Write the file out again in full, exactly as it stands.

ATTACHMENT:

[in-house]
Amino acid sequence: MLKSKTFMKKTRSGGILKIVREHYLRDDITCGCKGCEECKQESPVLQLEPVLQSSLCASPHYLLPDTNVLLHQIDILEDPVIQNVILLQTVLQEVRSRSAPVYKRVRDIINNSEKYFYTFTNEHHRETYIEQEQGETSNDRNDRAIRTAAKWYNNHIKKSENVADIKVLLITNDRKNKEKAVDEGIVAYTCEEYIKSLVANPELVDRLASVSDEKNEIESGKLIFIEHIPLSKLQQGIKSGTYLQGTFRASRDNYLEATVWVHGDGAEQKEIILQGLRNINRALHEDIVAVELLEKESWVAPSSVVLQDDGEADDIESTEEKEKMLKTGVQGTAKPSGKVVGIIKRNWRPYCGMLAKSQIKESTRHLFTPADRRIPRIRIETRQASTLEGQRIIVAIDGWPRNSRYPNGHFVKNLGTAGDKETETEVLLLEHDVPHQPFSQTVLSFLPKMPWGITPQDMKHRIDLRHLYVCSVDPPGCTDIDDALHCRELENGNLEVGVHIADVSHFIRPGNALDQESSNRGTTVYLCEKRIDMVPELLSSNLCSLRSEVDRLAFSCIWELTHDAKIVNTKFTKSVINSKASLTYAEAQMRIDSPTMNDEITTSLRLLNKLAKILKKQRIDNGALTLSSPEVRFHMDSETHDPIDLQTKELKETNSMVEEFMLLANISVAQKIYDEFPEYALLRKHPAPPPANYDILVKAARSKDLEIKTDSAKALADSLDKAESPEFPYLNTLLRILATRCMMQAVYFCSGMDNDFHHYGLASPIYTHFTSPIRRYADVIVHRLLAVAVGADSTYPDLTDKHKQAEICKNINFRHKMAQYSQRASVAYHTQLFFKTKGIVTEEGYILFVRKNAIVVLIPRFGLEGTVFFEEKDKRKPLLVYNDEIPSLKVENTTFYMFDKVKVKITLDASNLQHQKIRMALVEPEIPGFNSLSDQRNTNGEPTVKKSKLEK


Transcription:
[in-house]
Amino acid sequence: MLKSKTFMKKTRSGGILKIVREHYLRDDITCGCKGCEECKQESPVLQLEPVLQSSLCASPHYLLPDTNVLLHQIDILEDPVIQNVILLQTVLQEVRSRSAPVYKRVRDIINNSEKYFYTFTNEHHRETYIEQEQGETSNDRNDRAIRTAAKWYNNHIKKSENVADIKVLLITNDRKNKEKAVDEGIVAYTCEEYIKSLVANPELVDRLASVSDEKNEIESGKLIFIEHIPLSKLQQGIKSGTYLQGTFRASRDNYLEATVWVHGDGAEQKEIILQGLRNINRALHEDIVAVELLEKESWVAPSSVVLQDDGEADDIESTEEKEKMLKTGVQGTAKPSGKVVGIIKRNWRPYCGMLAKSQIKESTRHLFTPADRRIPRIRIETRQASTLEGQRIIVAIDGWPRNSRYPNGHFVKNLGTAGDKETETEVLLLEHDVPHQPFSQTVLSFLPKMPWGITPQDMKHRIDLRHLYVCSVDPPGCTDIDDALHCRELENGNLEVGVHIADVSHFIRPGNALDQESSNRGTTVYLCEKRIDMVPELLSSNLCSLRSEVDRLAFSCIWELTHDAKIVNTKFTKSVINSKASLTYAEAQMRIDSPTMNDEITTSLRLLNKLAKILKKQRIDNGALTLSSPEVRFHMDSETHDPIDLQTKELKETNSMVEEFMLLANISVAQKIYDEFPEYALLRKHPAPPPANYDILVKAARSKDLEIKTDSAKALADSLDKAESPEFPYLNTLLRILATRCMMQAVYFCSGMDNDFHHYGLASPIYTHFTSPIRRYADVIVHRLLAVAVGADSTYPDLTDKHKQAEICKNINFRHKMAQYSQRASVAYHTQLFFKTKGIVTEEGYILFVRKNAIVVLIPRFGLEGTVFFEEKDKRKPLLVYNDEIPSLKVENTTFYMFDKVKVKITLDASNLQHQKIRMALVEPEIPGFNSLSDQRNTNGEPTVKKSKLEK